Behind Closed Doors


Now and Then, and Then Again...

Progress is a wonderful thing, but sometimes so is "if it ain't broke, don't fix it." In OR nursing, there have been some advances that make it hard to believe we did it the old way and others on which the jury's still out. Here's a history lesson for the youngsters and a walk down memory lane for us old birds.

Back then, we wore white nursing shoes or those green tennis shoes that looked like the old Keds.

These days, we wear whatever's comfortable that we can get away with under the dress code. A good idea, since those white shoes were murder on your feet and back.

Back then, student nurses had at least six to eight weeks of surgery rotation, while new grads starting work got six months' scrub experience and six months of learning to circulate. These days, student nurses observe a couple of days in the OR. New grads, if they choose to work in the viper pit, get three or maybe six months of orientation - if you can keep them that long after they've heard the older nurses talking about them behind their backs.

Back then, surgeons weren't always on time for procedures, so you'd call the medical exchange to send a loud, static-filled verbal message to their pager (which they didn't always answer). These days, they still aren't always on time, but they do have numeric pagers and mobile phones that do everything but cattle-prod them in the posterior to get them to the OR.

Back then, our surgeons thought they knew everything, and for all we knew, they did. These days, they still think they know everything, but - thanks to our required CEUs - we know they don't.

These days, we have educated, experienced, competent anesthesia providers, both MDs and CRNAs, both male and female. Back then, they were all MDs and all male, and the equipment was par for that time. It was nothing for an anesthesiologist to ask the circulator to squeeze the ventilation bag while he went to the doctors' lounge for a smoke.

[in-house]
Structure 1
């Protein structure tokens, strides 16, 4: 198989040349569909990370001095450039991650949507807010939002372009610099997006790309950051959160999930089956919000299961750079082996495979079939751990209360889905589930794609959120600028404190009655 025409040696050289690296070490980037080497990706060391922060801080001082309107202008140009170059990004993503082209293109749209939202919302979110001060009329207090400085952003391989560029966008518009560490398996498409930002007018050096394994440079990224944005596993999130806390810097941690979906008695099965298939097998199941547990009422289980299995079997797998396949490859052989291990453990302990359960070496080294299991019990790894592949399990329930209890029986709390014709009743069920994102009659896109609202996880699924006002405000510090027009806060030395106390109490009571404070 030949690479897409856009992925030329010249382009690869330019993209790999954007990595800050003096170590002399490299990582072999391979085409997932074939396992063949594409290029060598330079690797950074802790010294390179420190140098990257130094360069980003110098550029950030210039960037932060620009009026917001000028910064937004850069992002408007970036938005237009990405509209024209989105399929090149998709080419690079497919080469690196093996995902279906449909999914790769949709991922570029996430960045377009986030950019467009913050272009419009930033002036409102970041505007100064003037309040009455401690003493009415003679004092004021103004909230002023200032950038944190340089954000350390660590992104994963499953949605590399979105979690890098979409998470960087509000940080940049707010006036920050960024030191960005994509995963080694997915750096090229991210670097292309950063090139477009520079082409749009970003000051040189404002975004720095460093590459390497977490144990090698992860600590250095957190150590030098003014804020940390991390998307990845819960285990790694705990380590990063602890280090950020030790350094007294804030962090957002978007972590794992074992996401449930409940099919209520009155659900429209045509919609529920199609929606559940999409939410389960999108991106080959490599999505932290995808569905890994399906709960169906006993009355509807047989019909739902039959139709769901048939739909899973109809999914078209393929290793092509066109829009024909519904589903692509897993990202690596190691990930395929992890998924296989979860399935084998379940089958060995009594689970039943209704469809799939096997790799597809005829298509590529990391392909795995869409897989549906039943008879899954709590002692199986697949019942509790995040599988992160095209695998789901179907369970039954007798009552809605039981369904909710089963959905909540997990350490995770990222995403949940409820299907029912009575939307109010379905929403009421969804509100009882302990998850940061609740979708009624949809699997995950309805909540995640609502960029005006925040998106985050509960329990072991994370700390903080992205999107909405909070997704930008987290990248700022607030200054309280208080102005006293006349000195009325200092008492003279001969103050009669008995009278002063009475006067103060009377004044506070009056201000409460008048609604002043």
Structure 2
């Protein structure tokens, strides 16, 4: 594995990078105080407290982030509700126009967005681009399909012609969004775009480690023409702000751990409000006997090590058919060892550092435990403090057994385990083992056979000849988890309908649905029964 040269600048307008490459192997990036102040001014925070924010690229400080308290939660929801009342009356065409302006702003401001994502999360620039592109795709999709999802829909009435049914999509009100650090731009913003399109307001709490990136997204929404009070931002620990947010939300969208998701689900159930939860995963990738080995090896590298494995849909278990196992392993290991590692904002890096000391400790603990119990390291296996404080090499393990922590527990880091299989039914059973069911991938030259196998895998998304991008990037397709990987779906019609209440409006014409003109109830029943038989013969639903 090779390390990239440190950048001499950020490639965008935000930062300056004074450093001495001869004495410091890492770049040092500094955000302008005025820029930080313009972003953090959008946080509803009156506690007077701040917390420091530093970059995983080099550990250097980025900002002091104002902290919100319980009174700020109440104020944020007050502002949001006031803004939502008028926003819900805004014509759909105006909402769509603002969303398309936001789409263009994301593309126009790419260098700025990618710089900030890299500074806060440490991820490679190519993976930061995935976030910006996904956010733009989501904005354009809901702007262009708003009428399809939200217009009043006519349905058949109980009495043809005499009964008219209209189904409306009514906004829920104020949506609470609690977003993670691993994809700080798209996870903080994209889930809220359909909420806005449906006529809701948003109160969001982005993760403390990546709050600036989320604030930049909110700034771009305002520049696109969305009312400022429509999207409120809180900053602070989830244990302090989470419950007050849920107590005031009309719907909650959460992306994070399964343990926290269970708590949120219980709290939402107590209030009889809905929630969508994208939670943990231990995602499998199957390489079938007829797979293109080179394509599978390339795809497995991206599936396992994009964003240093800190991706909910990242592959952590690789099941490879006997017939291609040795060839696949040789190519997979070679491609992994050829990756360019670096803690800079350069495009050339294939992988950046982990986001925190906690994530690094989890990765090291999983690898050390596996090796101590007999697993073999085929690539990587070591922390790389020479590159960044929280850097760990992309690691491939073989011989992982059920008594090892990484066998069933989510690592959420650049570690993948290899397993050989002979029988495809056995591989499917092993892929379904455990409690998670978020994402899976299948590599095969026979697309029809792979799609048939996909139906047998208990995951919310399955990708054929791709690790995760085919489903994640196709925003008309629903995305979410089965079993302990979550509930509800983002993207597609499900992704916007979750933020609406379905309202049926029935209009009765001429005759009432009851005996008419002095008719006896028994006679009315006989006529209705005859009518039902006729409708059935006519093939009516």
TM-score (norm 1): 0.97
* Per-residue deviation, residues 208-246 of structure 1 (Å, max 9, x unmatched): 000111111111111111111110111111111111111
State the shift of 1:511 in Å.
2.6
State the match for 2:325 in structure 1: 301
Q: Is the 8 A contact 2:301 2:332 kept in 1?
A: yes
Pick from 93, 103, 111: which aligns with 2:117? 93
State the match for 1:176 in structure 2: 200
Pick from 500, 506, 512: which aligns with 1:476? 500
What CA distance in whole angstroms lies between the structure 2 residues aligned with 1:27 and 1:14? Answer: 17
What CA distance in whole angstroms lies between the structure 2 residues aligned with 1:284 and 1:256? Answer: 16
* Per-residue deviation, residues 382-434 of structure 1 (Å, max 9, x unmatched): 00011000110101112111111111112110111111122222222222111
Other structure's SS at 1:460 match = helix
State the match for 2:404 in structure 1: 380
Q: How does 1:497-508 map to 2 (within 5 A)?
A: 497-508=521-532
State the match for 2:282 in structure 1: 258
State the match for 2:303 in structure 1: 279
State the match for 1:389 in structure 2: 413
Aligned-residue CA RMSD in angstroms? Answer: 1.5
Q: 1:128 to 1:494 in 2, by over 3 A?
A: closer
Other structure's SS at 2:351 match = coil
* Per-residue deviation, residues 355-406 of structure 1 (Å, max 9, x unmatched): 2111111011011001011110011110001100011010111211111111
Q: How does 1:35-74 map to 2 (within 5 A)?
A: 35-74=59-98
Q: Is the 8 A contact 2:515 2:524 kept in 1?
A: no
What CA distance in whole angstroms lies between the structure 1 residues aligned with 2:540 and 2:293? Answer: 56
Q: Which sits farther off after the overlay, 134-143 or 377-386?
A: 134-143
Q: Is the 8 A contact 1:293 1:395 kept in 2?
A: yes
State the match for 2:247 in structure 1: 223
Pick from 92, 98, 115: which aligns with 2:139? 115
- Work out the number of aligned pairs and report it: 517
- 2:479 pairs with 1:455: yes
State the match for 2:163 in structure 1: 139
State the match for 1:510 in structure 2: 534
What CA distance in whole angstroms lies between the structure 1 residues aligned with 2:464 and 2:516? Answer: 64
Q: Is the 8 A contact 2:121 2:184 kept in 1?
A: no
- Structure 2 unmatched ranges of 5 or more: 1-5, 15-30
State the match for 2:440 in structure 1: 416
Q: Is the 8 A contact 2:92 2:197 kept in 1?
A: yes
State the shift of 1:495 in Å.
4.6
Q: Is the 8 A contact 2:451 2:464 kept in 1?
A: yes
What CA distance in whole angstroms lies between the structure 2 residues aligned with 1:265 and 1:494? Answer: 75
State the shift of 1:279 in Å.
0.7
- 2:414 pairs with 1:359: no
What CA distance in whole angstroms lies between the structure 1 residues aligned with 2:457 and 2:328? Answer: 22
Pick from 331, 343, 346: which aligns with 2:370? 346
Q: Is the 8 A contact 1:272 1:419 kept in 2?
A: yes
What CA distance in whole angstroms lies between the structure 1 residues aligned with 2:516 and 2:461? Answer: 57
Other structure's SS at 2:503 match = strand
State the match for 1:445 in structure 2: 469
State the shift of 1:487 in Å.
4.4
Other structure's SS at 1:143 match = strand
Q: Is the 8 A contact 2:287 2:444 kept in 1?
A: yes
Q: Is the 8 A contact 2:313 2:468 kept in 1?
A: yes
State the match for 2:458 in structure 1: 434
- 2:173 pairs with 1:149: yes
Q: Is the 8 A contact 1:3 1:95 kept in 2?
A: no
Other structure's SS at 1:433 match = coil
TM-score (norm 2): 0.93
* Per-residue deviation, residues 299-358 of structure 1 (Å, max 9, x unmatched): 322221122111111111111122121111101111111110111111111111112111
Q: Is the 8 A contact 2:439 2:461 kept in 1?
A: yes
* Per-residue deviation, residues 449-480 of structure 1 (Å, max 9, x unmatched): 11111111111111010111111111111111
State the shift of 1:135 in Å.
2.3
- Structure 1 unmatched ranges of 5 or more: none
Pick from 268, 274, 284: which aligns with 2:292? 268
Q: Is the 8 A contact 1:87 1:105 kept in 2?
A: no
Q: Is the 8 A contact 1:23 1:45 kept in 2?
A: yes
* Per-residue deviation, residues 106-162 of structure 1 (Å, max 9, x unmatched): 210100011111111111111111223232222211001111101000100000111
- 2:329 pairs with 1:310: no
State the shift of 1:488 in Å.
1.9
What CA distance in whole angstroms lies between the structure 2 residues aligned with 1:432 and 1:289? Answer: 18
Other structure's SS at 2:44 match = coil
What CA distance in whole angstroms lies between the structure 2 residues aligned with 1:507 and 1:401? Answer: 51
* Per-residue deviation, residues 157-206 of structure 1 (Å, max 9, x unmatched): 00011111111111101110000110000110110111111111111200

These days, it seems like we're equipped with disposable everything. I'm particularly thankful for the single-use staplers for bowel surgery, the TA 30, 60 and 90 and the GIA. They've removed a great weight from my shoulders and an uneasy feeling from my gut. Back then, when instruments were metal and reusable, we'd reassemble them after cleaning and pray with the breath of our souls they wouldn't fall apart in the surgeon's hands and would function when the time came.

These days, all contaminated articles are handled with gloves (sometimes two pair) and grouped in fives and tens to make counting easier and more precise. Back then, bloody sponges were handled with bare hands and laid out on a green cloth wrapper to count. I trust we didn't skimp on the hand hygiene measures.

Back then, nurses certainly didn't use four-letter words. These days, a colorful vocabulary isn't just for surgeons.

Overall, it's a give-and-take. Whether it's now or then, though, I'm just glad to still be doing what I like best, and what gives me the opportunity for a laugh on the job.

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